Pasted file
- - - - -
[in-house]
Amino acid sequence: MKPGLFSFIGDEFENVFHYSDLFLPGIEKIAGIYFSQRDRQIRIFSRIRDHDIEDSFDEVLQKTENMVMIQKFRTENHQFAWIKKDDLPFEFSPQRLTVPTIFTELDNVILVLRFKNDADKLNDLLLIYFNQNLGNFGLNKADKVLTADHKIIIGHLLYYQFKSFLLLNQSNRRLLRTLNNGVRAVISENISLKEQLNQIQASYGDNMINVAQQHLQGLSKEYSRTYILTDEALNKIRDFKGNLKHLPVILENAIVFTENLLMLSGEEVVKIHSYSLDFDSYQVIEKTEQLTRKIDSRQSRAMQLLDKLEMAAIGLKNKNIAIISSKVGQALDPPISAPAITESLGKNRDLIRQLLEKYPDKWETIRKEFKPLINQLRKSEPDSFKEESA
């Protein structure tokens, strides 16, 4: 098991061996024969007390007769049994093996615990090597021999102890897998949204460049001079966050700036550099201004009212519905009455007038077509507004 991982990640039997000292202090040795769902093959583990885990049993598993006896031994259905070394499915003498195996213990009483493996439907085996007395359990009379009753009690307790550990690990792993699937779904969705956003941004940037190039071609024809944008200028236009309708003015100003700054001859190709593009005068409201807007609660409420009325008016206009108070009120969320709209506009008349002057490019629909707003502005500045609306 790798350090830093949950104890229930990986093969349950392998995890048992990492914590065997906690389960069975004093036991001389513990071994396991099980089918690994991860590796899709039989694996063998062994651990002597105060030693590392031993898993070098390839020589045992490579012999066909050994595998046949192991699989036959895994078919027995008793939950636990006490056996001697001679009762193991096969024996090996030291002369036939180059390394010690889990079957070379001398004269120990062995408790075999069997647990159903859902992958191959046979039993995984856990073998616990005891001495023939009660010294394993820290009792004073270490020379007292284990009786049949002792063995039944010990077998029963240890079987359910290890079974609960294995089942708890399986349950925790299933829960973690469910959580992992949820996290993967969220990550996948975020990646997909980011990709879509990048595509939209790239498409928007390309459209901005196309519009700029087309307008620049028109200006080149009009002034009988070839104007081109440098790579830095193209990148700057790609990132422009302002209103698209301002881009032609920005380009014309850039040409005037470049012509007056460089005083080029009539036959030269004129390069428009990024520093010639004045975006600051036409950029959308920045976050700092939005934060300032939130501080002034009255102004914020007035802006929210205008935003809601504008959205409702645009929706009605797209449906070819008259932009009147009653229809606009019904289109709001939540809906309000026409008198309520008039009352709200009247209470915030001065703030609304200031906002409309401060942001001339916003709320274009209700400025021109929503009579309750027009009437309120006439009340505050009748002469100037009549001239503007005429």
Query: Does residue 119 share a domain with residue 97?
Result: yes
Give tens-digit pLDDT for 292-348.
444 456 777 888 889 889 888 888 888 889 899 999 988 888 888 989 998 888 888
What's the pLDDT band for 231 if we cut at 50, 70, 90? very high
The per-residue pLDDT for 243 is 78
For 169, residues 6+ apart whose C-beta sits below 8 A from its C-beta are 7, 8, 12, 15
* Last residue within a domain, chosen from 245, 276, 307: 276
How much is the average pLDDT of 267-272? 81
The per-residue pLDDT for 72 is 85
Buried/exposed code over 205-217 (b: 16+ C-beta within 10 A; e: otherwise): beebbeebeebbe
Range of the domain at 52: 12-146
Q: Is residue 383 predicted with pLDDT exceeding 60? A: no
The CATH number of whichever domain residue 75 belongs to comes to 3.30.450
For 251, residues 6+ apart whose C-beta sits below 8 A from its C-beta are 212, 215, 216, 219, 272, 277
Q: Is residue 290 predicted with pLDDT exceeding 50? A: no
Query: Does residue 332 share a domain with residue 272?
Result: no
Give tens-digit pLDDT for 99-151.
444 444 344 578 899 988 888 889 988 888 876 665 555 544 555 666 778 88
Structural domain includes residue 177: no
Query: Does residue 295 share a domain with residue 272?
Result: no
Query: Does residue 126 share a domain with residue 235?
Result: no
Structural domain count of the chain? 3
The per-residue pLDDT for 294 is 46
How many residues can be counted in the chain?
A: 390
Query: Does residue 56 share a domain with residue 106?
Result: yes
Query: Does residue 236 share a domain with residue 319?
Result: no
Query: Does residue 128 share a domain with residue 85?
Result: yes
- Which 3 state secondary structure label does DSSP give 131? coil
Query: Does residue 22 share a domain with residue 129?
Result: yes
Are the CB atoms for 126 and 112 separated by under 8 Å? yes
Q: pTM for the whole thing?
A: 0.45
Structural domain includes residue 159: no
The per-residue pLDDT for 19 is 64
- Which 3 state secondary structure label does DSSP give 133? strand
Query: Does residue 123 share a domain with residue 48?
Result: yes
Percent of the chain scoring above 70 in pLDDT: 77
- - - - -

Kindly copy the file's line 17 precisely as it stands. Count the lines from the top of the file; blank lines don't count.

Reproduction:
The CATH number of whichever domain residue 75 belongs to comes to 3.30.450